Sitting in Washington Square Park with Allen Ginsberg
the weather utterly autumnal, we are marooned in the moment of being. I offer him a sour candy from my bag of pick-n-mix — $22 of junk which I filed in my budget app under “entertainment”— he waves me away with a leathery hand and a puff of his cigarillo.
See Al, what I’m saying is, I gabble through the sugar, that it’s all too beautiful, too beautiful for me.
He stares his gritty eyes at me, blinks the bullet holes of an ellipse. His head does a slow swivel taking in the present, a trail of smoke from his mouth like steam from a train.
Sitting in the park, we stubbornly persist despite the scratchy nuzzles of the wintry air. I have no candy for him to reject today. Instead, I cradle a black coffee, my hands always greedy for warmth.
How does it feel, I ask, to be part of (I gesticulate wildly) the culture.
Kid, he calls me, one moment you’re here and the next you’re gone like a curdle of smoke.
I shake my head — a reflex of some kind. Ephemerality is poetic but unhelpful (though I still want to know what it takes to be inexplicable). I’ve only just figured out how to be young, I say.
He shrugs, fermented youth is still youth.
I am always here, despite myself.
Ginsberg gets it; I can tell by the way he submits to his own breath.
I saw a play, I tell him. It was about a woman and desire and the ambitions of the city, and how it’s easier to love something beautiful, a cruelty that will look you in the eyes. I stop, will myself to split the thought in two. I am always a finger’s breadth away from a gentle danger.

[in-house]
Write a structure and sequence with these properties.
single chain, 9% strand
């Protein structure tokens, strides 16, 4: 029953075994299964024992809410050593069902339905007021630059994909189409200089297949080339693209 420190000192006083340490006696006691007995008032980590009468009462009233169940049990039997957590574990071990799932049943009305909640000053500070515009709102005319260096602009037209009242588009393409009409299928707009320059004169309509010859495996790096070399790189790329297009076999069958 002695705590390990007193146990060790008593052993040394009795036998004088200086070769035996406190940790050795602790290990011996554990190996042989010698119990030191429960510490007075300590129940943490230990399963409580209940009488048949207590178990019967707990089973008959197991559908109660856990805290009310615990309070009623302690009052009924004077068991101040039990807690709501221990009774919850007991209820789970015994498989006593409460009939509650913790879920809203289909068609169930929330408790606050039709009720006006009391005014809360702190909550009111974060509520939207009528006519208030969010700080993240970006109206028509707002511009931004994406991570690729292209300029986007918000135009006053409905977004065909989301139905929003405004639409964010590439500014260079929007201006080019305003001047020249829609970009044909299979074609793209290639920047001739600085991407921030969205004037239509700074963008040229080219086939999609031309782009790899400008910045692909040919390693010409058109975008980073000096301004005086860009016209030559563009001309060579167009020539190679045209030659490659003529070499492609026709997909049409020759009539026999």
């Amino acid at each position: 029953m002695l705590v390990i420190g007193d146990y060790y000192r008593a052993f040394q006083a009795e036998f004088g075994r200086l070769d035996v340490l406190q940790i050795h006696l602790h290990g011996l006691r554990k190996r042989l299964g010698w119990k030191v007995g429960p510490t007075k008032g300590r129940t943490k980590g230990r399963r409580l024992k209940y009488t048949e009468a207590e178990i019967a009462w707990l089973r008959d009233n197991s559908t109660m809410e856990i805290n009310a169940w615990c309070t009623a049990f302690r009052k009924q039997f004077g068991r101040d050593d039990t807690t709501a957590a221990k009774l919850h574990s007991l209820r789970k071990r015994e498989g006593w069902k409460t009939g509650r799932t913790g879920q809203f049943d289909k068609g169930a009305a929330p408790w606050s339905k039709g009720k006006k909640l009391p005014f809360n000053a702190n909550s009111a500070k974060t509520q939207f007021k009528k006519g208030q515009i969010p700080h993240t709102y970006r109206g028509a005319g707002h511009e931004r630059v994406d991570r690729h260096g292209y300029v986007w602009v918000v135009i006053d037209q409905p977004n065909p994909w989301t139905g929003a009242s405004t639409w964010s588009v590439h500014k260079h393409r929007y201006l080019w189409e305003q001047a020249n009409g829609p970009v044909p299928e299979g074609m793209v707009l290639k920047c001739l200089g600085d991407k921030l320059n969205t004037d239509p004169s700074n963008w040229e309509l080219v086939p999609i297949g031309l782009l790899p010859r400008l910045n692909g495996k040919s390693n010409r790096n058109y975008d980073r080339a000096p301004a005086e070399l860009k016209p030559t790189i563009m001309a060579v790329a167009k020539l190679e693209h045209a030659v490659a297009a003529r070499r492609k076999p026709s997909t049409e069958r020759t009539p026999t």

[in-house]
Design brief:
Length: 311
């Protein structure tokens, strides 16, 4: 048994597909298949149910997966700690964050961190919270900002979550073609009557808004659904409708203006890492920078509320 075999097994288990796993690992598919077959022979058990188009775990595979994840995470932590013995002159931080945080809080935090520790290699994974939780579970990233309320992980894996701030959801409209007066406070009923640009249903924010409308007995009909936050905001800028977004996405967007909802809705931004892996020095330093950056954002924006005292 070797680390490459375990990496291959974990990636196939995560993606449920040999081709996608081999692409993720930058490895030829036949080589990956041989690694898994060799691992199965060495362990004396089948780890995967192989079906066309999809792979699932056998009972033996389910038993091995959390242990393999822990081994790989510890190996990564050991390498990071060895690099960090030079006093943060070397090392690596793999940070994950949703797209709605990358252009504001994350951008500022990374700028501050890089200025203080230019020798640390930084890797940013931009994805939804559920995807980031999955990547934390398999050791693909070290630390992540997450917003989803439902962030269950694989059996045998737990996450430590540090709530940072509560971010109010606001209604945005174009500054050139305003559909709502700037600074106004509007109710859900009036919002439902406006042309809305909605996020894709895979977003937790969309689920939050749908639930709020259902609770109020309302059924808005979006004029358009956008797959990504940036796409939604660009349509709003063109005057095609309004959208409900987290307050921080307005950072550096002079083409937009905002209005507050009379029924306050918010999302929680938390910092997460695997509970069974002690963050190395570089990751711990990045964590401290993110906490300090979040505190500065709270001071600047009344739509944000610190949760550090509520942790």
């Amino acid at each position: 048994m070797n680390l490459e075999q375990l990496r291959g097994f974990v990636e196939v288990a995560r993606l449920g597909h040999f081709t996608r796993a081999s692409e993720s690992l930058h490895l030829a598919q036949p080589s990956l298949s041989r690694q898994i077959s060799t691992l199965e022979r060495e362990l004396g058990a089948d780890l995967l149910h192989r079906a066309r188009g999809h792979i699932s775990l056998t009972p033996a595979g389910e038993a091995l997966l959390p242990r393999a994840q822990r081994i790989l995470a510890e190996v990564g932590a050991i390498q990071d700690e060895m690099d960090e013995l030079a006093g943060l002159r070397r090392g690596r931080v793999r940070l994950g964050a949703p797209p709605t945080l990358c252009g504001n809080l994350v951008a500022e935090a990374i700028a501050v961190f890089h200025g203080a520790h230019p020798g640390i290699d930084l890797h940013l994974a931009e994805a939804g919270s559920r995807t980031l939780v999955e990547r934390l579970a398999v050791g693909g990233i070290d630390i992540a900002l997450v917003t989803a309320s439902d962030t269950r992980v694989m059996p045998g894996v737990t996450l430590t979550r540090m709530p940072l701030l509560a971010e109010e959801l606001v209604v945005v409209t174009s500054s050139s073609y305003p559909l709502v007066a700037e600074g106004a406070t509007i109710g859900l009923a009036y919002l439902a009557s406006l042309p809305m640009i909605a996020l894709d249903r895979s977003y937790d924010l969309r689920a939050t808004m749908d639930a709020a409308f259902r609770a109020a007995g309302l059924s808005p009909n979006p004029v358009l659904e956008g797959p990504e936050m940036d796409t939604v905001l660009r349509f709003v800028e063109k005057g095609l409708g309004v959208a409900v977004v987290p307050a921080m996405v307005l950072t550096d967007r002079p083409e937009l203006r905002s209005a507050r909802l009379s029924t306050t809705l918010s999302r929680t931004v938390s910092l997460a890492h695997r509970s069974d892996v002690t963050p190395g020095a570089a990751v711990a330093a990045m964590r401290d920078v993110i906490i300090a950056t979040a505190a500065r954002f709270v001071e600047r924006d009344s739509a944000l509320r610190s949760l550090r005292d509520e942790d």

He asks me, what would you like them to say about you? I cannot think of an answer I do not hate.
That she knew when to shut up…and had great earrings.
Here we are in classic formation: me with a packet of Skittles; him, cigarillo in hand. Al’s in a mood today, though not a bad one. He starts on about Kerouac and fire escapes, Kerouac on the fire escape, nothing more goddamn true than cigarette-smoking Kerouac on the fire escape.
I search the index of my brain for a related story. I tell him about the time when, in fear of fractured maternal vertebrae, I once stepped on the same crack twice hoping two wrongs made better made healed.
He gives me a hard look and pauses for a puff. Our betrayals are halos, he says, like sunsets tinting the crazy golden crown of a —
— Sunflower, I say, I know, I read the sutra.
He looks at me and nods, keep your eyes to the side just a touch, and use the angles to expunge the fear.
I nod back, though I do not follow. Tobacco and sugar.
Sometimes in the park, Ginsberg and I will pick at a carton of blackberries and a bag of sunflower seeds (foods to be shared individually) and spit the shells out for the birds.
Spring is softer than I remember. We sit, punctuating our speech with chewing and shell-spitting. We talk of virtue; we talk of longing and belonging; we talk of the empty desires of the city-slicker, knowing full well that’s what we are.
He sighs, mouth full of blackberry, what could we possibly feed the endless want that it will not immediately metabolize?
We sit in each other’s moment, gnaw our seeds down to fibrous paste, knowing one day the world will ask us for our teeth. We chew the sun down, the ground around us peppered with shells.
This poem was originally published in Grain Magazine in Volume 49.2, Winter 2021.